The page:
I have previously seen 糗 suggested as a possible origin for this Taiwanese morpheme, but the meanings don't match up: "parched wheat or rice; cooked dry food for journey; broken grain; solid food; a surname".



    qiǔ 糗 is an old and well-attested character. None of its early (or later, for that matter) occurrences indicate that it was the source of the Taiwanese morpheme for "chewy":





    Asserting that 糗 may have been the source of the Taiwanese morpheme for "chewy" is an example of the application of the fallacious concept of běnzì 本字 ("original character"), which I have discussed here, here, and here.

  23. Victor Mair said,

    May 17, 2015 @ 7:25 am

    @K. Chang

    That's what you do with stock photos (btw, it's great that you found that) if you want to save money on your advertising budget, instead of hiring a professional photographer and model, both of which soon become costly. You find a suitable stock photo and you reuse it for your own purpose.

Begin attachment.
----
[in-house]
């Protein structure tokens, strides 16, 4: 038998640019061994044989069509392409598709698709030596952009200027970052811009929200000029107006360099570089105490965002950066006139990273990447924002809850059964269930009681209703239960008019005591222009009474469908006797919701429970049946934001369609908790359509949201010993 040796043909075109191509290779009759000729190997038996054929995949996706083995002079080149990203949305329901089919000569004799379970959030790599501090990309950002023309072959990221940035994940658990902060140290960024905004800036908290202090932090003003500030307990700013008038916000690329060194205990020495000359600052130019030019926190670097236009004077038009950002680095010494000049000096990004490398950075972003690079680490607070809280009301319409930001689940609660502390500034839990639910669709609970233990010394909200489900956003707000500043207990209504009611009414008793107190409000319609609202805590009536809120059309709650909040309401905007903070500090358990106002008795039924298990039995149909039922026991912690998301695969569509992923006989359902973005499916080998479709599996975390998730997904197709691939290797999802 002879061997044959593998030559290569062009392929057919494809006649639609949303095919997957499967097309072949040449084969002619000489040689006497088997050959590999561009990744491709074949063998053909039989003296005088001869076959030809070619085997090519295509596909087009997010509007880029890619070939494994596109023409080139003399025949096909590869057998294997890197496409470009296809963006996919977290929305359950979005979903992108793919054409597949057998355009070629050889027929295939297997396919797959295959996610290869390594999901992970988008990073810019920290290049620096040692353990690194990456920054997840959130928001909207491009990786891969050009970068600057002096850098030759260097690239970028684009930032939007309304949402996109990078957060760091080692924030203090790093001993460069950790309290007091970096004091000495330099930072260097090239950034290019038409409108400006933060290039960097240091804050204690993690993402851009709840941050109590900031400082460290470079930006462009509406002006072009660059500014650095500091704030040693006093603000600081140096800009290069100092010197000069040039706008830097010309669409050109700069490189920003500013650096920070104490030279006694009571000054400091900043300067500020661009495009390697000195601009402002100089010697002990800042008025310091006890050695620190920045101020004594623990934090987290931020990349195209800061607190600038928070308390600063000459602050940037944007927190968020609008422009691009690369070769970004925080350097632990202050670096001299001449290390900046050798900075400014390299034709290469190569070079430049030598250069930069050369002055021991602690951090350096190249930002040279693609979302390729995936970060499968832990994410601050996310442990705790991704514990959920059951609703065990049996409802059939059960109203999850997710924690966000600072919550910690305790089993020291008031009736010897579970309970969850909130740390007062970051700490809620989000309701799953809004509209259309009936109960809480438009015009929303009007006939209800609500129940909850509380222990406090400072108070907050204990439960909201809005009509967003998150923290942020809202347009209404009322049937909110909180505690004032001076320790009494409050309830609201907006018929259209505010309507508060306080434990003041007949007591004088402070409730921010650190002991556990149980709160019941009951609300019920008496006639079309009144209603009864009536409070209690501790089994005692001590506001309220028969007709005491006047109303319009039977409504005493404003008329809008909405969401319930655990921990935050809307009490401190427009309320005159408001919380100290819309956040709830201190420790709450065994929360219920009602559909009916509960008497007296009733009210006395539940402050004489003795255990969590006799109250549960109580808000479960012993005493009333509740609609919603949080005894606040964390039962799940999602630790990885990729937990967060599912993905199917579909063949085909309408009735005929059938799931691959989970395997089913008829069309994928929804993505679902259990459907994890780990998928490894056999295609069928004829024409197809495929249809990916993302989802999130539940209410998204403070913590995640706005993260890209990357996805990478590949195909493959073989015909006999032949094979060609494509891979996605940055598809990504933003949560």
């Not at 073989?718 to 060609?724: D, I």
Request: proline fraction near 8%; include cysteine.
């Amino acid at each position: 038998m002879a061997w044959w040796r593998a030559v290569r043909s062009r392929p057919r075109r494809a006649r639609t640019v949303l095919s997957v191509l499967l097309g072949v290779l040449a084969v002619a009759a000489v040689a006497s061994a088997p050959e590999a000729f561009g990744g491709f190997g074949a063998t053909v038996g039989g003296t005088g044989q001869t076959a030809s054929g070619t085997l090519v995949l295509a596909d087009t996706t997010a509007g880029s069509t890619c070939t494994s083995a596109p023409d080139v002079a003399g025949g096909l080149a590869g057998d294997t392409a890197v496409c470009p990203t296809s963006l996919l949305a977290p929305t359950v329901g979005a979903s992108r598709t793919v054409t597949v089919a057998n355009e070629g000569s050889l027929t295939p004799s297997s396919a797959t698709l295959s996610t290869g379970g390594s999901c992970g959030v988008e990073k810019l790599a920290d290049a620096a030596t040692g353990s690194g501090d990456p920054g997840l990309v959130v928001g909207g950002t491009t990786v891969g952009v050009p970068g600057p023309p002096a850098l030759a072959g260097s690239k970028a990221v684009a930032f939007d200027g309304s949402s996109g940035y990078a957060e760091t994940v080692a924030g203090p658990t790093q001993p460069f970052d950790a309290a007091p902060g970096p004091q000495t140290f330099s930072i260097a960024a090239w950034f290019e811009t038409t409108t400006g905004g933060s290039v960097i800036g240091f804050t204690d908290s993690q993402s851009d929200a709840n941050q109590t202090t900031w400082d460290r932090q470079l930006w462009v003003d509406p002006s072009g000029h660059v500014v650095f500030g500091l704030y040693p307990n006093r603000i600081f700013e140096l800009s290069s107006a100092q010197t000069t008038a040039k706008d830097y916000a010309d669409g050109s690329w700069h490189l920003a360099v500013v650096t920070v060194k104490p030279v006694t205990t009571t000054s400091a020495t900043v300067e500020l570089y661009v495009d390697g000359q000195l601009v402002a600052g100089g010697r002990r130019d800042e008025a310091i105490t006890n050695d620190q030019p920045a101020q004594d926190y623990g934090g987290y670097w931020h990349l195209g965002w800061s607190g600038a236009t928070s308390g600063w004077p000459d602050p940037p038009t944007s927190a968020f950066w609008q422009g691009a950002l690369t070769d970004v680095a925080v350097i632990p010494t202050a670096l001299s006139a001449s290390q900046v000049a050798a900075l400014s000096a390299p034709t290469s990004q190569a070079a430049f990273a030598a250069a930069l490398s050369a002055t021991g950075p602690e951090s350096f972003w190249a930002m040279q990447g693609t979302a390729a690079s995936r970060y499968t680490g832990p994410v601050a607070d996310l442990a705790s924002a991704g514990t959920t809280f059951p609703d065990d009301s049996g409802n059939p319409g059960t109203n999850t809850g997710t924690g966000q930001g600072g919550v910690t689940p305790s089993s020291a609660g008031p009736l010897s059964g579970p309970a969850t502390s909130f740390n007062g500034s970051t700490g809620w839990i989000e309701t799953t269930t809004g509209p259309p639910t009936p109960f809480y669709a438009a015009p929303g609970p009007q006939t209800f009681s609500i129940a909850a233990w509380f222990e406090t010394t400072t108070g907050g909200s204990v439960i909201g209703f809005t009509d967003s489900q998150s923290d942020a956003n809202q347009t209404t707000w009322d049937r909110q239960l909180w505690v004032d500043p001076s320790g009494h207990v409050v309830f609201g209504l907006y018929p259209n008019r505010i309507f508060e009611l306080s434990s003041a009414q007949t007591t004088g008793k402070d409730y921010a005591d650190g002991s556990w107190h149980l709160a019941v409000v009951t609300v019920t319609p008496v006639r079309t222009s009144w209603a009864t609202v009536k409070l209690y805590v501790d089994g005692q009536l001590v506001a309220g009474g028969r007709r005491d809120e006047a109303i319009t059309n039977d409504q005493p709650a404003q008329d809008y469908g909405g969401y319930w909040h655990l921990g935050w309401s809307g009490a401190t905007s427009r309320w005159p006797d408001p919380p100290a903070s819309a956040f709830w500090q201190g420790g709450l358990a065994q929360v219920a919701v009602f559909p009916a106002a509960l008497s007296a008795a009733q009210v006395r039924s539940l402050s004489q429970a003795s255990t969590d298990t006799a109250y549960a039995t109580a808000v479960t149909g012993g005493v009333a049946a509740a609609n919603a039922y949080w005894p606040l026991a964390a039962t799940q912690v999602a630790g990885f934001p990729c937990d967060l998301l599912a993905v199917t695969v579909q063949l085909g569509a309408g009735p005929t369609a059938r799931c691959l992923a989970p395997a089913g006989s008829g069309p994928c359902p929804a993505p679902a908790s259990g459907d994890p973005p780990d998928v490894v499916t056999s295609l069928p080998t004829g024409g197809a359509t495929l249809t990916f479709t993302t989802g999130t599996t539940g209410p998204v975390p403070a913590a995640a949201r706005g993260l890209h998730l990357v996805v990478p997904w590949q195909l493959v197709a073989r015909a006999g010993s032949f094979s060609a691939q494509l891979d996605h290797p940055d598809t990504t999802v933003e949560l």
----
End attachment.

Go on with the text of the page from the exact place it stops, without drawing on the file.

Those arched eyebrows on the Q's are there for a reason.

  24. K. Chang said,

    May 17, 2015 @ 12:51 pm

    Had a different thought about Q in Taiwanese. Is there any Japanese terms / words that sounds similar and may have similar meaning? Taiwan, or Formosa, spent decades under Japanese rule. It may "conveniently" (not!) explain how the Japanese education supplanted the Chinese education and how traditional Chinese words got corrupted.

    Even now Taiwanese seem to emphasize their "Taiwanese accent" (mostly from Minnanyu, which is derived from Fukienese). I can do Minnanyu-accented Mandarin. I don't know Minnanyu to hold a long conversation though.

    Looking at origin of "Q" from a purely Mandarin Chinese origin may be barking up the wrong tree, and that I do agree with you. I personally would check Japanese and Minnanyu. Wonder if there's any scholarly articles on how much the Japanese occupation had changed the Taiwan branch of minnanyu?

  25. Victor Mair said,

    May 17, 2015 @ 11:42 pm

    @K. Chang

    Taiwanese (also called Hoklo) is a kind of Minnanyu. The "chewy" morpheme — as I have mentioned above and in other posts — is a Taiwanese morpheme, not Mandarin or Japanese.